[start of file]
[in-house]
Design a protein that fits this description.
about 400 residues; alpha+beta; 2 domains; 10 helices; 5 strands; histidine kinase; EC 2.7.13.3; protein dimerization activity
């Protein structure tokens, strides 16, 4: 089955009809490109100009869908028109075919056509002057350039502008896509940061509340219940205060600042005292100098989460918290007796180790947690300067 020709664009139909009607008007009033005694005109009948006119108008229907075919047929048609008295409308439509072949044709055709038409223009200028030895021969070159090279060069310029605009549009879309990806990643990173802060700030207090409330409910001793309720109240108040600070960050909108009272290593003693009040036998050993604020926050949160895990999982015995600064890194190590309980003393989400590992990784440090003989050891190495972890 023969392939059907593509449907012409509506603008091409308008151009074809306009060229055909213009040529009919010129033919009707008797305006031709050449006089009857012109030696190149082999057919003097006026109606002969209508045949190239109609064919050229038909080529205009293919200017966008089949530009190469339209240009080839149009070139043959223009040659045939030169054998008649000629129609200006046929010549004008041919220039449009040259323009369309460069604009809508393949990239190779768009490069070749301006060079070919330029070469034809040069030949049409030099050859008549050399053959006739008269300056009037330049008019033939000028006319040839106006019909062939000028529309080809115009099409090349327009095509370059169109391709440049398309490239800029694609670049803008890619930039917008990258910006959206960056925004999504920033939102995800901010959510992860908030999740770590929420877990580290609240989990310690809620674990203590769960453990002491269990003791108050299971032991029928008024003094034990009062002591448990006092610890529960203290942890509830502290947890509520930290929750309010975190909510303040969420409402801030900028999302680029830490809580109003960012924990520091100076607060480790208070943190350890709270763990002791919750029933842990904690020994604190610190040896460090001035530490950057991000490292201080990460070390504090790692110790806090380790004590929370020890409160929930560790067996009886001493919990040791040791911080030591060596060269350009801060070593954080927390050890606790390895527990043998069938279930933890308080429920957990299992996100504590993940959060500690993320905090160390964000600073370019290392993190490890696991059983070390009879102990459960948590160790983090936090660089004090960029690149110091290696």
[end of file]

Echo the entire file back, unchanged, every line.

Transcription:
[in-house]
Design a protein that fits this description.
about 400 residues; alpha+beta; 2 domains; 10 helices; 5 strands; histidine kinase; EC 2.7.13.3; protein dimerization activity
């Protein structure tokens, strides 16, 4: 089955009809490109100009869908028109075919056509002057350039502008896509940061509340219940205060600042005292100098989460918290007796180790947690300067 020709664009139909009607008007009033005694005109009948006119108008229907075919047929048609008295409308439509072949044709055709038409223009200028030895021969070159090279060069310029605009549009879309990806990643990173802060700030207090409330409910001793309720109240108040600070960050909108009272290593003693009040036998050993604020926050949160895990999982015995600064890194190590309980003393989400590992990784440090003989050891190495972890 023969392939059907593509449907012409509506603008091409308008151009074809306009060229055909213009040529009919010129033919009707008797305006031709050449006089009857012109030696190149082999057919003097006026109606002969209508045949190239109609064919050229038909080529205009293919200017966008089949530009190469339209240009080839149009070139043959223009040659045939030169054998008649000629129609200006046929010549004008041919220039449009040259323009369309460069604009809508393949990239190779768009490069070749301006060079070919330029070469034809040069030949049409030099050859008549050399053959006739008269300056009037330049008019033939000028006319040839106006019909062939000028529309080809115009099409090349327009095509370059169109391709440049398309490239800029694609670049803008890619930039917008990258910006959206960056925004999504920033939102995800901010959510992860908030999740770590929420877990580290609240989990310690809620674990203590769960453990002491269990003791108050299971032991029928008024003094034990009062002591448990006092610890529960203290942890509830502290947890509520930290929750309010975190909510303040969420409402801030900028999302680029830490809580109003960012924990520091100076607060480790208070943190350890709270763990002791919750029933842990904690020994604190610190040896460090001035530490950057991000490292201080990460070390504090790692110790806090380790004590929370020890409160929930560790067996009886001493919990040791040791911080030591060596060269350009801060070593954080927390050890606790390895527990043998069938279930933890308080429920957990299992996100504590993940959060500690993320905090160390964000600073370019290392993190490890696991059983070390009879102990459960948590160790983090936090660089004090960029690149110091290696």